Deciding to put an elderly parent into a nursing home or assisted living facility is never a simple choice. Even in situations with severe illnesses, physical impairments or dementia, adult children often struggle with their inability to provide the care themselves and worry about the quality of life that their loved one will have once in a nursing home.
You may have done research into every nearby facility and picked one with an impeccable record of care. Perhaps you received recommendations from people you know and trust about the facility. No matter how carefully you select a nursing home, it only takes one bad hiring decision to put your loved one at risk. You need to inform yourself about the signs of abuse and neglect in nursing home occupants.
The Biden administration has proposed Federal Nursing home minimum staffing guidelines that would require nursing home and assisted care facilities, impacting Connecticut, Rhode Island and Massachusetts facilities in New England. These minimum staffing guidelines would become applicable to any such facility that participates in federal programs that subsidize and pay for patient care which means the overwhelming majority of such nursing home and assisted care facilities The preliminary estimate as reported by the Center for Medicare and Medicaid service is that up to 75% of such facilities presently do not meet the proposed minimum guidelines. Competent staff, clearly developed policies and proper training and supervision go a long way to assuring the safety of nursing home residents. However, staff shortages in critical areas, particularly involving direct patient care, think ratios of staff to patients, will nevertheless render such facilities potentially unsafe for residents, particularly those that are medically vulnerable.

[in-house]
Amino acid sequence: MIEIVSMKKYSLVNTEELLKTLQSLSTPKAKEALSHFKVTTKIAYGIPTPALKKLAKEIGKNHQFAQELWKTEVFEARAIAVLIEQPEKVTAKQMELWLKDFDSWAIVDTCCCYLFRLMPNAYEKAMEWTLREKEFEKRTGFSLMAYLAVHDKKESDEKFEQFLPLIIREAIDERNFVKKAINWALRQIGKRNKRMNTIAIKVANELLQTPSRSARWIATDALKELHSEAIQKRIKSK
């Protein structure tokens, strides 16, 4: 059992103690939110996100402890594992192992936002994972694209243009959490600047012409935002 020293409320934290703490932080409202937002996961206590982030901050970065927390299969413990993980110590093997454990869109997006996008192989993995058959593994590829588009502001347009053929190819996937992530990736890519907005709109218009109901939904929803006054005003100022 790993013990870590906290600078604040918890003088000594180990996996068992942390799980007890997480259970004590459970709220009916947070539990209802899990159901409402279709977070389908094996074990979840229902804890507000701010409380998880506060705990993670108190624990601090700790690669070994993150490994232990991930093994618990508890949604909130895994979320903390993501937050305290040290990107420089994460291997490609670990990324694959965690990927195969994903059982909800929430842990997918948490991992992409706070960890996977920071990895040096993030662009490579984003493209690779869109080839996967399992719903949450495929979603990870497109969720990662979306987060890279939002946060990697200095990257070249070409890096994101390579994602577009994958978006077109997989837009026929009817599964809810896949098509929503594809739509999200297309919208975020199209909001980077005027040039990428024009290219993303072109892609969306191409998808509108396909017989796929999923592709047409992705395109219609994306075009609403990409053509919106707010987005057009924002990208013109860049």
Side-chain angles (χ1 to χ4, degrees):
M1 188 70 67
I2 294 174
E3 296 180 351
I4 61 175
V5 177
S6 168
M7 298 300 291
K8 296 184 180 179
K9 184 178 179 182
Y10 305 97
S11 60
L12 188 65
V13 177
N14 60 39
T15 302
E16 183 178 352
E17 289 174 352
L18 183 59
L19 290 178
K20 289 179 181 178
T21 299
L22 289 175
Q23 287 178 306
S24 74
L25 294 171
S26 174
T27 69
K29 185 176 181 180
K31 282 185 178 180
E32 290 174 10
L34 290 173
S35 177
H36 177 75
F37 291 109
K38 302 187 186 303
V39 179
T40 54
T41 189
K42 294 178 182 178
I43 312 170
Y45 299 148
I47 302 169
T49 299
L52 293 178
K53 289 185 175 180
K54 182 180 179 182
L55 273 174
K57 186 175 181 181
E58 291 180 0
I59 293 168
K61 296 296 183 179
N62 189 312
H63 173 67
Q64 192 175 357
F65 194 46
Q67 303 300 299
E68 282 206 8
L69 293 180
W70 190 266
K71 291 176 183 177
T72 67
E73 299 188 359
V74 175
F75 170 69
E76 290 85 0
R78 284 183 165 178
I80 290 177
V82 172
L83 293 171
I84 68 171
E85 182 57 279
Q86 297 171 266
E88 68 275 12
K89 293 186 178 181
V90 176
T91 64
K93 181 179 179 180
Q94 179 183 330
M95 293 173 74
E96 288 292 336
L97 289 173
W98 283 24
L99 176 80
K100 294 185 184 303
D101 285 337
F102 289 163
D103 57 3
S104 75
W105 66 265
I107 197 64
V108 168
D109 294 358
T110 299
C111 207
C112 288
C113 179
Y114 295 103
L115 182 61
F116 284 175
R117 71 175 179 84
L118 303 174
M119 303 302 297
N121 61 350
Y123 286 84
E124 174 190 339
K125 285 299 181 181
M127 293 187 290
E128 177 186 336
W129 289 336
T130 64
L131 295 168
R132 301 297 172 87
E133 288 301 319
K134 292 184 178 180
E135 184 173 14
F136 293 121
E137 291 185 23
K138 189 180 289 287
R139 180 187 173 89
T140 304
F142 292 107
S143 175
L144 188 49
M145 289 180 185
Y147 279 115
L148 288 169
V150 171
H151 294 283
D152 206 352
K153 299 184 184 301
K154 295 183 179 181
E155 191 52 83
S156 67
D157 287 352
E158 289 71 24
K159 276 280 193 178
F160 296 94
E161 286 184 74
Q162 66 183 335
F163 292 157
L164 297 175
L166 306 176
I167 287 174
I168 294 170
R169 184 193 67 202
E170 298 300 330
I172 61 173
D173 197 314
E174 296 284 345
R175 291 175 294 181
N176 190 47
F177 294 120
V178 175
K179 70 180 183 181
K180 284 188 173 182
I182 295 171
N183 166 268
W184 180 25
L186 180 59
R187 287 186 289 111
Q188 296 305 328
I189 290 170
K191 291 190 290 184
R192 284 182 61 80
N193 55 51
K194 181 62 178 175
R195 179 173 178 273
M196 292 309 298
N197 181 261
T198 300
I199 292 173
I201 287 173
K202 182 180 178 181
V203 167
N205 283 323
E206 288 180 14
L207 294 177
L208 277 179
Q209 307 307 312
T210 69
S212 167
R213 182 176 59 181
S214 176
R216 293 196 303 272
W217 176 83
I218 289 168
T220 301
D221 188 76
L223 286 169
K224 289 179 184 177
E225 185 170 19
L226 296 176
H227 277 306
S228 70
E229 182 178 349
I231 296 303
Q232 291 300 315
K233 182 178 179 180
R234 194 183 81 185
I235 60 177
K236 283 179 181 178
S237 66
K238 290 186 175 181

Neglect is also a serious issue. There are things that family members and alert friend can look for even if there are no signs of overt abuse. Pay attention to signs of neglect. Unbrushed hair, degraded oral health, stained clothing and bed sores are all signs that your loved one may not be getting the kind of care you expected from the nursing home. Neglect can result in infections, falls and other serious threats to the health of those in nursing homes.
When you suspect your loved one is facing abuse or experiencing neglect, ask him or her for input. In some cases, your loved one could be too frightened to speak up about what's happening, especially if staff won't allow you privacy when you visit. You may want to document everything once you have reason to feel concerned and make a point of seeing about moving your loved one to another facility if the issue isn't resolved quickly.
Neglect is a form of elderly abuse and doesn't always leave a physical bruise.The most obvious and well-known form of abuse is physical abuse. This involves hitting, kicking or otherwise intentionally inflicting pain or physical damage on another person. Sexual abuse is a form of physical abuse that may not leave visible scars, but it can leave deep emotional ones. Bruises, broken bones or a newly developed fear of quick movements or loud voices could be warning signs of physical abuse.
Emotional or psychological abuse doesn't leave marks. Instead, it involves caregivers or others degrading, insulting threatening, isolating or humiliating someone. In some cases, gaslighting, a means of undermining someone's faith in one's own mental faculties or perceptions, also happens. Emotional abuse is harder to detect, but signs may include changes in mood, behavior or socialization.
Our Law Firm along with colleagues in other states, regularly investigate and initiate lawsuits for wrongful death and neglect resulting in serious harm. We have seen instances of complete breakdown of the safety protocols put in place and expected by families who trusted the care of their loved ones. It makes our blood boil that this is the way people deserving dignity and proper care should be harmed.